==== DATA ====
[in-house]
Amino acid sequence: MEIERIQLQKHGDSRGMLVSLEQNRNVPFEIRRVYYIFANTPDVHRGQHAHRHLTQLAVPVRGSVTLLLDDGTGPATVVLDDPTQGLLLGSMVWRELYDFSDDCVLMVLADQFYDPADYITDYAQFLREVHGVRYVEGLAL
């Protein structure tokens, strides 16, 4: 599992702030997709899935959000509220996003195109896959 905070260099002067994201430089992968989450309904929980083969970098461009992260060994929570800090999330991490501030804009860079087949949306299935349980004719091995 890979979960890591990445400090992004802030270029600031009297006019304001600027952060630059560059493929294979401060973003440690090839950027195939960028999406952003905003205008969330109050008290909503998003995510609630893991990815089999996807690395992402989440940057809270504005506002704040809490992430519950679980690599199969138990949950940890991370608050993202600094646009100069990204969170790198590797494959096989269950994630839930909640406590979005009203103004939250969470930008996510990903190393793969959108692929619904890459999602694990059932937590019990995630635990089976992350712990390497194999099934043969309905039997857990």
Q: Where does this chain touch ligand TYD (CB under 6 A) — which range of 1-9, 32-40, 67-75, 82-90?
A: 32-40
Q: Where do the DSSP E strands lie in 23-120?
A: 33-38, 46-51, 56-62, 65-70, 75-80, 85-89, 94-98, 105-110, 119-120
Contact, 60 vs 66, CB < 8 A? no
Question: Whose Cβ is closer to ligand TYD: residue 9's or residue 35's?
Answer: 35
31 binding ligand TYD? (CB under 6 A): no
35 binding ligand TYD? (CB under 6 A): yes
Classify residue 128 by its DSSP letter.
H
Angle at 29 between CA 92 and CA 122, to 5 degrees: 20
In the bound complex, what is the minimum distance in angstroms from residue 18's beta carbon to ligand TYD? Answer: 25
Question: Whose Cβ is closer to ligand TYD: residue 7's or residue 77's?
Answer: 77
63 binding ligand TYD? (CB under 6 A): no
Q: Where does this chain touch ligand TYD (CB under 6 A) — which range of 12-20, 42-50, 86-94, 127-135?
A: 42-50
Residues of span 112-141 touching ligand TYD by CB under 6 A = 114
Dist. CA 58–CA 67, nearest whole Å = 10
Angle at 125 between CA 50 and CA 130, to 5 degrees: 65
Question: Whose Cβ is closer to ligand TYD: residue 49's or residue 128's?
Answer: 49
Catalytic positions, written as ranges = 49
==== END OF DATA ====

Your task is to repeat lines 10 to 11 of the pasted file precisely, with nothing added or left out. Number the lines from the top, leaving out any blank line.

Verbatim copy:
Answer: 35
31 binding ligand TYD? (CB under 6 A): no